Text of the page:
Procedure

Foster parents provide a vital service to our communities, creating a safe environment for children and youth to grow and learn. Those who care for foster children provide more than a home - they create hope in a child's life during a critical stage of development, helping them grow into healthy, well-adjusted individuals.

Can you Foster?

You can foster if you:

  • are over the age of 18
  • are single, married, living in a common law or same sex relationship
  • working, retired or at home
  • are a caring person with a stable lifestyle
  • have the space in your life and home

If you are interested in learning more about fostering, call (613) 742-1620 ext 1.

Getting Started

An information session will be your first step into the fostering process. These sessions are conducted on an individual basis and are designed to educate you on the process of becoming a foster parent.

Application Package 

Following the information session, an application package will be provided to you to complete and return to the Society. This package will indicate your desire to foster children and provide us with the details of your fostering preferences. 

Home Study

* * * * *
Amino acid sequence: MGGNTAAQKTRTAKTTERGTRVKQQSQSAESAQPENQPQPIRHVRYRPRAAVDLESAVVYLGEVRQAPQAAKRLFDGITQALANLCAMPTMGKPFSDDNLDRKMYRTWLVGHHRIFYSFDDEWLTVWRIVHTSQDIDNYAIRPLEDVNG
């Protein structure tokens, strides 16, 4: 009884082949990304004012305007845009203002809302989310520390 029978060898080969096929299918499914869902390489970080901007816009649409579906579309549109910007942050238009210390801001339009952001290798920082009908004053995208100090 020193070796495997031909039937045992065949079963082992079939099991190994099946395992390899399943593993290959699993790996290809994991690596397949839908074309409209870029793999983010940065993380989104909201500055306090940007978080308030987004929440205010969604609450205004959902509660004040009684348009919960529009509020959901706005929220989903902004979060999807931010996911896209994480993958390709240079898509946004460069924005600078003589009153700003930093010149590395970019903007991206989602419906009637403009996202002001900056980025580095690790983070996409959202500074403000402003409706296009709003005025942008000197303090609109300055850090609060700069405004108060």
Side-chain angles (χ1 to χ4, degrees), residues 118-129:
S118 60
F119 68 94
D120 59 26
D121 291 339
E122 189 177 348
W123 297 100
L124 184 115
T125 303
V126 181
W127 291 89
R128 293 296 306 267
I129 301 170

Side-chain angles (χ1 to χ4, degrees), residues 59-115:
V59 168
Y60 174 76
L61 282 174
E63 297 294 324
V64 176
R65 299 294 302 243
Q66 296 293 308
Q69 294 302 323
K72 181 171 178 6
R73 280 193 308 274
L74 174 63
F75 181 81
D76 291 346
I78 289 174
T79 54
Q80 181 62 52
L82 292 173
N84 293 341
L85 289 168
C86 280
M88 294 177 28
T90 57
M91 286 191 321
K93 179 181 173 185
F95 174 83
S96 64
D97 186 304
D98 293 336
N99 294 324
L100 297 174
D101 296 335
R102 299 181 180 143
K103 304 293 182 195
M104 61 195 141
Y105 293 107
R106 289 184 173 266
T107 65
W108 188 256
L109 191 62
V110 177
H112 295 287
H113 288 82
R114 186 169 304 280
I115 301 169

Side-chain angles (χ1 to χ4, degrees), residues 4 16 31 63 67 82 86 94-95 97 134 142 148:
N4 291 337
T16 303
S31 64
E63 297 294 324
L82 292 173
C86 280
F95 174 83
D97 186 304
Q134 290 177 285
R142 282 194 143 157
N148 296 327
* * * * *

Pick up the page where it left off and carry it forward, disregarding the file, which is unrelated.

All foster home studies use a format called SAFE (Structured Analysis Family Evaluation). The SAFE HomeStudy is a mutual process that assesses your willingness and capabilities to become a fostering family and relate these to the needs of children placed in your home. The study is designed to evaluate families for foster care approval. SAFE stresses the importance of respectfully engaging families in a strength-based, mutual evaluation process.

It involves the discussion of important issues pertaining to parenting and invites applicants to examine their own beliefs, values and feelings. The home study process includes several interviews focusing on:

  • family backgrounds
  • motivation for fostering
  • family relationships and dynamics
  • financial circumstances
  • experience with children

The process also assists the applicants to become aware of what fostering involves. A home safety checklist will also be completed and you’ll be asked to provide several character references as well as undergo current medical, child welfare and police checks on all adults in your home.

PRIDE Training

The PRIDE (Parent Resources for Information, Development and Education) is a mandatory, standardized, competency-based training offered to all prospective foster parents throughout the province of Ontario.

The PRIDE curriculum provides an informative, thought-provoking look at fostering. A variety of subjects are covered during this training including:

  • placement planning
  • the significance of continuity in a child’s life
  • connections to the child’s birth family and kin
  • how children attach and experience loss